Owner-Operator Or Misclassified Employee?

The debate between who is an owner-operator and who is a misclassified employee has been raging all year. It’s an issue that has been aggressively pushed by the Obama administration and labor unions.

Now, new guidance from the Department of Labor (DOL) could end the use of truck drivers as independent contractors. Is this just a shot across the bow from the DOL or could we really one day see the end of the owner-operator model?

The Details

The rule, Administrator’s Interpretation No. 2015-1, puts a spotlight on the idea of “misclassification” of truck drivers as independent contractors, rather than paid employees.

The document itself is a huge read, ringing in at almost 7,000 words. Without diving into a mountain of words, the basis for the document essentially lies in this part of its opening statement:

Although independent contracting relationships can be advantageous for workers and businesses, some employees may be intentionally misclassified as a means to cut costs and avoid compliance with labor laws.

The document essentially downplays the significance of an employer’s role over tasks performed by its workers. While on the surface this doesn’t seem too problematic, it could create problems if a motor carrier can’t say having truck drivers move its freight is an integral part of its business.

In even simpler terms, a literal interpretation of the guidance would mean trucking companies would need to shift to a model where moving freight is not actually their business. Instead, they would become load brokers to the independent contractors.

The American Trucking Associations calls this “an aggressive departure from prevailing classification standards,” which is not an untrue statement, for better or for worse.

The Reality

Indeed, many motor carriers do follow the law and treat their independent contractors appropriately. Could new laws designed to protect the few wind up hurting the many?

It’s important to remember that the DOL is not the only government agency tasked with determining who is an employee and who is an independent contractor. The IRS and state-level agencies governing tax and worker’s comp issues also have a say.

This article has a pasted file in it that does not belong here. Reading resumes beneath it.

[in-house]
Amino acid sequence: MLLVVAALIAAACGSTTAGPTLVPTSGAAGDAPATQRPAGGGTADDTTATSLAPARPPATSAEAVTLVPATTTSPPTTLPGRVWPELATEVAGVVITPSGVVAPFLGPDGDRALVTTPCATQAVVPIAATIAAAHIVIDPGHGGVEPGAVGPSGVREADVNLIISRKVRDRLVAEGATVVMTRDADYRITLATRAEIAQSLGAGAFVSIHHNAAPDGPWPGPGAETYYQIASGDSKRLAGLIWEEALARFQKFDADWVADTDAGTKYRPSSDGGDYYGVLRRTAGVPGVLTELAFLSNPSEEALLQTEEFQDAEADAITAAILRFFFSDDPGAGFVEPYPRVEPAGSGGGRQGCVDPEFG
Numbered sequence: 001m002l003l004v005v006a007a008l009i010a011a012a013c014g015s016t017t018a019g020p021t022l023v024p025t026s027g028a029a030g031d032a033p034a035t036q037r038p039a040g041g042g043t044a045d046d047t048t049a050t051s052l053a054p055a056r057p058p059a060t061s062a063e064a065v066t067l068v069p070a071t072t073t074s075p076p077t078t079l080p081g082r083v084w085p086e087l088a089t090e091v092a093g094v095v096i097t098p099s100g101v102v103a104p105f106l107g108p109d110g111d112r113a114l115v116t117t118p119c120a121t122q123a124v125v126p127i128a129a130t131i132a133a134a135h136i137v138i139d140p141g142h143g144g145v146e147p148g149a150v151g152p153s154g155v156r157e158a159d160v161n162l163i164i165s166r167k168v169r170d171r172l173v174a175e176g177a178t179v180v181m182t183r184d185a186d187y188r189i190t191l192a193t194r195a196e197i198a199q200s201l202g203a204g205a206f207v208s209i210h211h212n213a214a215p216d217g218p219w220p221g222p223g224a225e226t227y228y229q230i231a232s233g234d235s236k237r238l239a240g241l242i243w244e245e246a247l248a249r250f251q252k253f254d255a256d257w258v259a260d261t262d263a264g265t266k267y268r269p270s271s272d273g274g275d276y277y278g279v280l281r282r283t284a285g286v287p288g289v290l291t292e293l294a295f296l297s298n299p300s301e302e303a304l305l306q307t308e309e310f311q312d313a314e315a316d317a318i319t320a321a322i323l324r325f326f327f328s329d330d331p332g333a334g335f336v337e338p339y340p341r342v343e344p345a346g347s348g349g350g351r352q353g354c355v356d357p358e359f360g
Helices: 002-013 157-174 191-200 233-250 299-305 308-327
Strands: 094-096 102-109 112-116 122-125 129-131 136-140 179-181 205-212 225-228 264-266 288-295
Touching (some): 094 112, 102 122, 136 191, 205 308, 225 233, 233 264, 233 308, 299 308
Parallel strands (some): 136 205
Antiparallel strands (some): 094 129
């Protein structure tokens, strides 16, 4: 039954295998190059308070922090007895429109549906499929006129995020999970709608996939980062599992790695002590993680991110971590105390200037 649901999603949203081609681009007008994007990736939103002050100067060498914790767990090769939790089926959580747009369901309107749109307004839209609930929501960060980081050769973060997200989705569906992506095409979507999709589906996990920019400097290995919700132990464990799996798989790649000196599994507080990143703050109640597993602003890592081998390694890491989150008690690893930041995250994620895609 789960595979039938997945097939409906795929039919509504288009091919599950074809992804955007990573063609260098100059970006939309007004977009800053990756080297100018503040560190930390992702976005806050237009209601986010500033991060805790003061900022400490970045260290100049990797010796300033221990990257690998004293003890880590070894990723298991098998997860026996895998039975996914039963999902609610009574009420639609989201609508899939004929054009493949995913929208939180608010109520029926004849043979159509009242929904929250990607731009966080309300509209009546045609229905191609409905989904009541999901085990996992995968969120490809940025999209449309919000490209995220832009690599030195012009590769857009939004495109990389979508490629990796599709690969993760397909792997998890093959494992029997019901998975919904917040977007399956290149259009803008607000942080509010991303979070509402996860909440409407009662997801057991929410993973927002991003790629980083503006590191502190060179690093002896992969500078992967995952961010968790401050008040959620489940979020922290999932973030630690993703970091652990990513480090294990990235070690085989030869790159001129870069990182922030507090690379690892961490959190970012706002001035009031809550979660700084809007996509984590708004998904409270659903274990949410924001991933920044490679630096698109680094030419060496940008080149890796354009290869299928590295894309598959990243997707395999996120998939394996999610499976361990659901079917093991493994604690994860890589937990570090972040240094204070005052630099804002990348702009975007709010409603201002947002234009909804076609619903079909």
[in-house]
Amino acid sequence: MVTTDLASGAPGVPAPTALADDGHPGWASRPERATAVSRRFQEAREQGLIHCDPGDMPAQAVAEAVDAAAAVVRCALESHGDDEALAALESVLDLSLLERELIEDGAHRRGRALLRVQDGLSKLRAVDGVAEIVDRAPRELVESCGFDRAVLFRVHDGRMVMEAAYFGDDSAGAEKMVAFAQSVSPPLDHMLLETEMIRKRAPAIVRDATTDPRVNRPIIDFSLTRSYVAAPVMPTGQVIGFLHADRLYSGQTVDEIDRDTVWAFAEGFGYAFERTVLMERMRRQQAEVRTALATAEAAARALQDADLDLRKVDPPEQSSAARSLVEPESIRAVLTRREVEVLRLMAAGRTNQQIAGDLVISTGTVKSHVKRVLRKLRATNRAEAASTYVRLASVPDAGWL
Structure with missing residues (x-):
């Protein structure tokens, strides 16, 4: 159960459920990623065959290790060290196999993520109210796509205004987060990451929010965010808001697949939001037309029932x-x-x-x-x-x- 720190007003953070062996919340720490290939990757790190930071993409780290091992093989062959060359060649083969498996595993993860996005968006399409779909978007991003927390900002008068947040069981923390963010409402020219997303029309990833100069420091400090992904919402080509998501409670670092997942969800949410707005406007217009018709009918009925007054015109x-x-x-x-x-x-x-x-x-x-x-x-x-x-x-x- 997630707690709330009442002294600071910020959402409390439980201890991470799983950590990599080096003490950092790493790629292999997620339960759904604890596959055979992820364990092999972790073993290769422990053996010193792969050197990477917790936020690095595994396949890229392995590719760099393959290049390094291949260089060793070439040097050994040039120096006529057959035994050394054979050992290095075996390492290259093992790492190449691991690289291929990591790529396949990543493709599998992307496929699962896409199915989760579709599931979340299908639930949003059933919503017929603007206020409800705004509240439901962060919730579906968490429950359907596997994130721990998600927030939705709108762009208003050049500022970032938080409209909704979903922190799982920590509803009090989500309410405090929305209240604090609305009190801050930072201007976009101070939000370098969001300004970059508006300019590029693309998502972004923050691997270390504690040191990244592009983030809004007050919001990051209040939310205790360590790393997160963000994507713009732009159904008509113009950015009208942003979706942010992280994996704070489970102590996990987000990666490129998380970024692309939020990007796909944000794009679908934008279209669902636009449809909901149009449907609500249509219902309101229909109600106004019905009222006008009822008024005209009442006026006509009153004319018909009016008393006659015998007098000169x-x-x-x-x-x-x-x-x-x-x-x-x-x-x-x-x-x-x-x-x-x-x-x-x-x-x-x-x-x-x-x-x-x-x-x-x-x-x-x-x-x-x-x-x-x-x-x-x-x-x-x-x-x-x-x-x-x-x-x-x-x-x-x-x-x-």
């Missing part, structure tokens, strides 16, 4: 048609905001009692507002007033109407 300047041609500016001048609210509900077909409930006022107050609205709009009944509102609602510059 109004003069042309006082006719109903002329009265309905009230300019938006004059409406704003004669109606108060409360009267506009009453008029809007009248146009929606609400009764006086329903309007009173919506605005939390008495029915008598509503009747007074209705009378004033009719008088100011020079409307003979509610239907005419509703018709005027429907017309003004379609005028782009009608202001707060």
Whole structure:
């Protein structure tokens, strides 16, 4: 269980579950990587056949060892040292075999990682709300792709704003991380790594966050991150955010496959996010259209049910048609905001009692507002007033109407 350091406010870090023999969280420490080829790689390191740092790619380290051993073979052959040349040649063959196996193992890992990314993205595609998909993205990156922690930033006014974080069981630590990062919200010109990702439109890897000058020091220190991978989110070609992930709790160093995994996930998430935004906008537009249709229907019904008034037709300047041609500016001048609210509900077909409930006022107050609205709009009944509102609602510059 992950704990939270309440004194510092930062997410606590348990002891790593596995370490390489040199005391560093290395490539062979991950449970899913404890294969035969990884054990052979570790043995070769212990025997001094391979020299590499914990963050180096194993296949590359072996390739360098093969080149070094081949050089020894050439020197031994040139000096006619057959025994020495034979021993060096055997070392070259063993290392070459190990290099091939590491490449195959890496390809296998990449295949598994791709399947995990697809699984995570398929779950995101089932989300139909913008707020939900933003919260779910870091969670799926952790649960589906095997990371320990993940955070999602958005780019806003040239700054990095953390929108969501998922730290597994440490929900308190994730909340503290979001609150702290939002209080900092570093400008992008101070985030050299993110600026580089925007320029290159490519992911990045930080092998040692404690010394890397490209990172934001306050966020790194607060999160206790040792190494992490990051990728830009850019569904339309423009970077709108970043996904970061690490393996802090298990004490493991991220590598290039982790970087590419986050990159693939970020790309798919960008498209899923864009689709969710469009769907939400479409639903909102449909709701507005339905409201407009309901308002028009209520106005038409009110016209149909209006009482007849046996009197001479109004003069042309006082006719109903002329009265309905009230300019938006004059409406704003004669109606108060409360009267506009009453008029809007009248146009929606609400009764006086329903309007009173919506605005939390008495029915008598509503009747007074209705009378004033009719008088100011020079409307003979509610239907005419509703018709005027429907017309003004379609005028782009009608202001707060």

According to the document, however, the DOL’s Wage and Hour Division has already issued into a memoranda of understanding with the IRS and various state agencies regarding this new language. As it pursues full implementation, it also is applying this guidance to the Fair Labor Standards Act (FLSA).

The Meaning

Now that we know this is happening, what does it mean? The interpretation is significant in a few key areas.

First, it states – as the DOL’s unequivocal opinion – that “most workers are employees” under the FLSA. It also puts forth – again, as the DOL’s preferred approach – the economic realities test when determining whether a worker is a contractor or an employee.

The economic realities follow principles such as:

  • The extent to which the work performed is an integral part of the employer’s business.
  • The extent of the relative investments of the employer and worker.
  • The degree of control exercised or retained by the employer.

Trucking companies have been working under this guidance for some time, and fleets have learned how to pass the control test.

The Future

In the modern age, smart trucking fleets have already learned how to manage relationships with both owner-operators and employees. That being said, the signal from the DOL is saying that they are going to err on the side of an employee/employer relationship.

This means it will be even more important for companies and independent contractors to maintain a strictly independent nature of their relationship. It will be increasingly more important for companies to check with their legal counsel to determine whether or not they are operating in an independent contractor or employee relationship.

At this point, it’s too soon to tell what kind of impact this guidance will have on the trucking industry. Whether this new view will upset prior legal precedents or will wind up being a problem for the courts is yet to be seen.